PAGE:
If I had a dime for every time I was asked why I stopped eating meat, I’d be laying on a beach somewhere in Bora Bora drinking no-added sugar piña coladas.
I kid, I kid! The thought of leaving you lovelies makes my stomach queasy. But in all seriousness, I do get asked that question quite often. The truth is that I grew up eating meat and continued to do so until I was a sophomore in college. I always enjoyed meat and I especially loved seafood. My parents cooked us great meals growing up, but I wasn’t raised on lentils and green smoothies by any means.
My transition to a plant-based diet (I way prefer that term to any other…must we all label ourselves?) was due to a combination of reading Skinny Bitch, watching Forks Over Knives, hearing Dr. Pam Popper speak in person, and traveling to Israel. Within a month, I was completely inspired and beyond thrilled to leave meat behind. I didn’t want it to be trend. I wanted it to be my lifestyle.
From then on, it was.
I remember going to Hilton Head with my best friends from high school and reading Skinny Bitch on the beach one afternoon. I finished it, explained to them how crazy enlightening it was, and then proceeded to tell them (and I quote), “I mean I’d still never be a vegetarian.” Ha!
After spending ten days in the holy land with an inspiring new vegan friend, my life as I knew it was forever changed. Changing your diet may not sound super dramatic, but this transition was what fueled my interest in food blogs, my passion for cooking healthy food, and my dedication to this very blog. I can say with confidence that if I hadn’t been so deeply inspired by everything I read on the health implications of eating a diet high in animal protein, Hummusapien wouldn’t exist.
I’d probably think vegans only ate apples and lettuce. I’d think tempeh was a city in Arizona.
And look at me now, a lentil-loving, veggie-obsessed hippie of some sorts. I honestly never in a million years thought I’d be a vegetarian (yes, I eat fish occasionally…don’t kill me) and now I can’t imagine my life any other way. I was vegan in 2010 when it all started before slowly adding back in eggs, seafood occasionally, and dairy socially. I love me some Jeni’s ice cream!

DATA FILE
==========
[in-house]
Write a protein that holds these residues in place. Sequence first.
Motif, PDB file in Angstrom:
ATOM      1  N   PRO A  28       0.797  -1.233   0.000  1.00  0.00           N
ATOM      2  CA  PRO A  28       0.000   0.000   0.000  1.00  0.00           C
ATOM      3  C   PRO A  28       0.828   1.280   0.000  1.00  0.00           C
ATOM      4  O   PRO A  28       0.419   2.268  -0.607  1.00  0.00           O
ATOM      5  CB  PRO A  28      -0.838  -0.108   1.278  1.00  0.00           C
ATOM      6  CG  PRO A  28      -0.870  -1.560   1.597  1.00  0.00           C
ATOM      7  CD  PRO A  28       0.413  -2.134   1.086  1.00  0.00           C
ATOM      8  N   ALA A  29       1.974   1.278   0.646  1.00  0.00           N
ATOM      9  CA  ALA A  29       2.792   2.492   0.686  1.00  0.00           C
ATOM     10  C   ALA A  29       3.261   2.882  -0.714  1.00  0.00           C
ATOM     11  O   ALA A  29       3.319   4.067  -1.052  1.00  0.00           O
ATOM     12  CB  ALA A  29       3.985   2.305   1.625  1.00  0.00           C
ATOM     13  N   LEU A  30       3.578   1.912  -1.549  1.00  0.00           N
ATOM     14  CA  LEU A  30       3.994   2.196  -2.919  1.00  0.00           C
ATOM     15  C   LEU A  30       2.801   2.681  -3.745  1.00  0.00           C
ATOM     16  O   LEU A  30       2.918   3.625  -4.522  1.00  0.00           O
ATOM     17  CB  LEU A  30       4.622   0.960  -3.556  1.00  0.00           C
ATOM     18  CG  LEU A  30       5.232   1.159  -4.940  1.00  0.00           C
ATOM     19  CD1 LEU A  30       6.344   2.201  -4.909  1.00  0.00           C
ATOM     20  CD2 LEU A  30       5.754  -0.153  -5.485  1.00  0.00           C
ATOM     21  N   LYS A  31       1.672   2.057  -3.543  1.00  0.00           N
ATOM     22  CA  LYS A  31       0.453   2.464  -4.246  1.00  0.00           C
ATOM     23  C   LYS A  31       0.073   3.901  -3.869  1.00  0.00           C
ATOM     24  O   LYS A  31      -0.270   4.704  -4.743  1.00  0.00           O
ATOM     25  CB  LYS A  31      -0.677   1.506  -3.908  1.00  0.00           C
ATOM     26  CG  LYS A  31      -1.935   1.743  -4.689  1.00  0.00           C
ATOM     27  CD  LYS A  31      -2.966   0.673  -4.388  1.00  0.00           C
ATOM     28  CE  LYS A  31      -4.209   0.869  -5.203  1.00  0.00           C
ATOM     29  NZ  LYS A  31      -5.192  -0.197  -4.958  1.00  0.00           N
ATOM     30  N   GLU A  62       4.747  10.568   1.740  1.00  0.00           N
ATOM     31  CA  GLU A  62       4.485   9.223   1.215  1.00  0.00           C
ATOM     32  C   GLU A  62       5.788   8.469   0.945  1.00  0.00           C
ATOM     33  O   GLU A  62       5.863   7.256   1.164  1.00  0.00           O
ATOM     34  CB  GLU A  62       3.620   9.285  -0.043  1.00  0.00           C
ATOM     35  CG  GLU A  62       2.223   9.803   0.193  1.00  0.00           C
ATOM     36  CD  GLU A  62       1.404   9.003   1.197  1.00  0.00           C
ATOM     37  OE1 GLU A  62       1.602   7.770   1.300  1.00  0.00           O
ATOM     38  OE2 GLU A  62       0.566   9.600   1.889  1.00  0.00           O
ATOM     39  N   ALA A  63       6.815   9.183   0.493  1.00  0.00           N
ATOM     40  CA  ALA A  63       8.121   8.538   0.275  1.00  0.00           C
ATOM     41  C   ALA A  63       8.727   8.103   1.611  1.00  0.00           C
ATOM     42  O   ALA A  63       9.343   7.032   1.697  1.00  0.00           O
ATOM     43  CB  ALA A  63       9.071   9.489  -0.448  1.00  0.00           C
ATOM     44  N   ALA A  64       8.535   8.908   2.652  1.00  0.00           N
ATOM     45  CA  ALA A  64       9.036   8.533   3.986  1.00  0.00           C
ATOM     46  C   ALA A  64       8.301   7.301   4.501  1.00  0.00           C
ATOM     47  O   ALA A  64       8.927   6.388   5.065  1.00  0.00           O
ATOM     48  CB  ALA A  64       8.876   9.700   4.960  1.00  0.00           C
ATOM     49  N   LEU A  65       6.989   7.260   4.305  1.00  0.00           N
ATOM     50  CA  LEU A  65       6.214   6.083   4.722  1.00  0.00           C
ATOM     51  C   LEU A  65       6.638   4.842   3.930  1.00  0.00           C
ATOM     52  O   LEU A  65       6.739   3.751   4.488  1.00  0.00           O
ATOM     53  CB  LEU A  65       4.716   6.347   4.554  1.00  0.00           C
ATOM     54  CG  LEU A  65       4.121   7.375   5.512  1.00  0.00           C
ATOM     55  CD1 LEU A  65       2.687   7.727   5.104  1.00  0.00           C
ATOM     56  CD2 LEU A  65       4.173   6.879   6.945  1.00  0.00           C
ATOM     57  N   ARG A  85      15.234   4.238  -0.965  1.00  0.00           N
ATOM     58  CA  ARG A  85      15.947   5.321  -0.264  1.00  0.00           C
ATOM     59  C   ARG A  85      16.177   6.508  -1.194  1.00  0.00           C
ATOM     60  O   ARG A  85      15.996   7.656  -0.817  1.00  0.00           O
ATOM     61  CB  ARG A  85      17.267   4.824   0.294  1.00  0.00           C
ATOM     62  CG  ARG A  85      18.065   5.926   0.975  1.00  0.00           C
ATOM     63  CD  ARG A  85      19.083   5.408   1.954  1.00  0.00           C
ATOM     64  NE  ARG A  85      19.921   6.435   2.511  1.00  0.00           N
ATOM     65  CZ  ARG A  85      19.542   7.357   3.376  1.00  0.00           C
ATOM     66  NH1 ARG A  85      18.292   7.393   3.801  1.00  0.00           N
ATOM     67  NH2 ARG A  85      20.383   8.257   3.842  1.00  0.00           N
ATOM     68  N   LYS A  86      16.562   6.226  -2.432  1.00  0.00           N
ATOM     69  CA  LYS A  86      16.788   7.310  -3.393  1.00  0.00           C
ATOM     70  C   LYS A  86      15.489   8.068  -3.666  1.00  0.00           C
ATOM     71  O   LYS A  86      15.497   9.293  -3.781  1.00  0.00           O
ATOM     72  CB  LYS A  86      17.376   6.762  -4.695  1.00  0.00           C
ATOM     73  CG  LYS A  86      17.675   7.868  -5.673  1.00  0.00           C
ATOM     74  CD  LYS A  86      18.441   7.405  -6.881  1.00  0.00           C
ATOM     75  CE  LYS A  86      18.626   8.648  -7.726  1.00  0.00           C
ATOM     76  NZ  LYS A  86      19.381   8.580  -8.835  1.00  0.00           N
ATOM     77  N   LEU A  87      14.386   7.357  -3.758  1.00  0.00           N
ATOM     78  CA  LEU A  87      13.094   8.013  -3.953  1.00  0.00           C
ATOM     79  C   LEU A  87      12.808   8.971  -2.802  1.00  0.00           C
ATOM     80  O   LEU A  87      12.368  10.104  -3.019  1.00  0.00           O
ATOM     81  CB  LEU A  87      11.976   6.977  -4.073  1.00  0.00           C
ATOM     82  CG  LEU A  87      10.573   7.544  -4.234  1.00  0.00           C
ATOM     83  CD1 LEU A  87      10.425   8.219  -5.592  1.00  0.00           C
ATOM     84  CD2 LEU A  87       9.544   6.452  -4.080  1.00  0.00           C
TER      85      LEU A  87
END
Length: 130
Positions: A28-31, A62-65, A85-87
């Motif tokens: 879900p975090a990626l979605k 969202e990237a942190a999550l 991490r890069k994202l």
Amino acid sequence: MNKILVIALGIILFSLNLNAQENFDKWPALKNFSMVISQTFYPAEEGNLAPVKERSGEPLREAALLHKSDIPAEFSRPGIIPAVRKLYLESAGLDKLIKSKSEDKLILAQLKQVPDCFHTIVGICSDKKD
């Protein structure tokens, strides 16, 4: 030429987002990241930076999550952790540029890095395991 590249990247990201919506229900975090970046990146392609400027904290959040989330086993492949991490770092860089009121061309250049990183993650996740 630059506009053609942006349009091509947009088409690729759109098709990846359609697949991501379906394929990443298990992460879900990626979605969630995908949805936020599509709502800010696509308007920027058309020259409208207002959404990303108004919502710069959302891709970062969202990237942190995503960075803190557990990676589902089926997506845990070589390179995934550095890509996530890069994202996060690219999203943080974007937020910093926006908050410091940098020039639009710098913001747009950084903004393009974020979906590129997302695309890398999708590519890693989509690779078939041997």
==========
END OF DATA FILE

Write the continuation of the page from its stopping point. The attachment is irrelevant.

Some days I eat completely vegan. Some days I eat pizza. But no matter what day it is, I rest assured knowing that I’m fueling my body with real, wholesome foods each day. I don’t run around trying to convert people, but if you’re ever eager to learn how to adopt a more whole foods, plant-based diet, you know I’m an open book!
I’m not gonna get on my soap box and preach about the holiness of plant-based diets, but know that eating a diet heavy in plants and light in animal foods is the single best way to prevent the chronic diseases that plague this generation. Heart disease, diabetes, cancer, you name it. Eat more plants!
So where does this recipe come in exactly? Well, my dear old dad (no dad, you’re not old) used to make us this amazing corn and wild rice soup with smoked sausage that my family and I all adored. I’ll admit that the sausage added a great smoky flavor, but this meatless version is just as delicious. Blending the corn with the broth creates this amazingly decadent broth sans cream or butter. Nutritional yeast adds an awesome cheesy flavor, not to mention a hefty dose of protein and energizing B vitamins. You can find it at Kroger, Whole Foods, and in the bulk bins of natural food stores. I don’t advise leaving it out, people.
Cheers to sausageless soup, fond family memories, and kicking chronic disease in the butt!Print
A creamy, hearty chowder loaded with veggies. You’d never guess it was vegan!
- 6 cups vegetable broth
- 4 oz dry wild rice (about 1/2 cup + 2 tbsp)
- 1 tbsp extra virgin olive oil
- 1 medium onion, diced
- 1 tsp minced garlic
- 3 carrots, chopped
- 2 cups sliced bell peppers (I used frozen)
- 1 lb + 1 cup frozen corn, cooked in microwave or on stove
- 1/4 cup nutritional yeast
- 1 tsp salt
- Pepper to taste
- 1 cup unsweetened almond milk
- In medium pot, bring 2 1/2 cups of vegetable broth to a boil. Once boiling, add wild rice and simmer, covered, for about 40 minutes or until rice is tender. (The broth will not all be absorbed.)
- In a dutch oven or large pot, heat olive oil over medium heat. Add onion and carrots and sautee for 7 minutes. Add garlic and peppers and satutee for another two minutes.
- In a blender or food processor, blend 1 lb of corn with 1 cup vegetable broth until smooth. You may need to do this in two batches.
- Add pureed corn, additional cup of whole corn, remaining 2 1/2 cups of vegetable broth, nutritional yeast, salt, pepper, and cooked wild rice. Bring to a boil and then reduce heat and simmer, covered, for about 15 minutes. Stir in almond milk and season with salt and pepper to taste.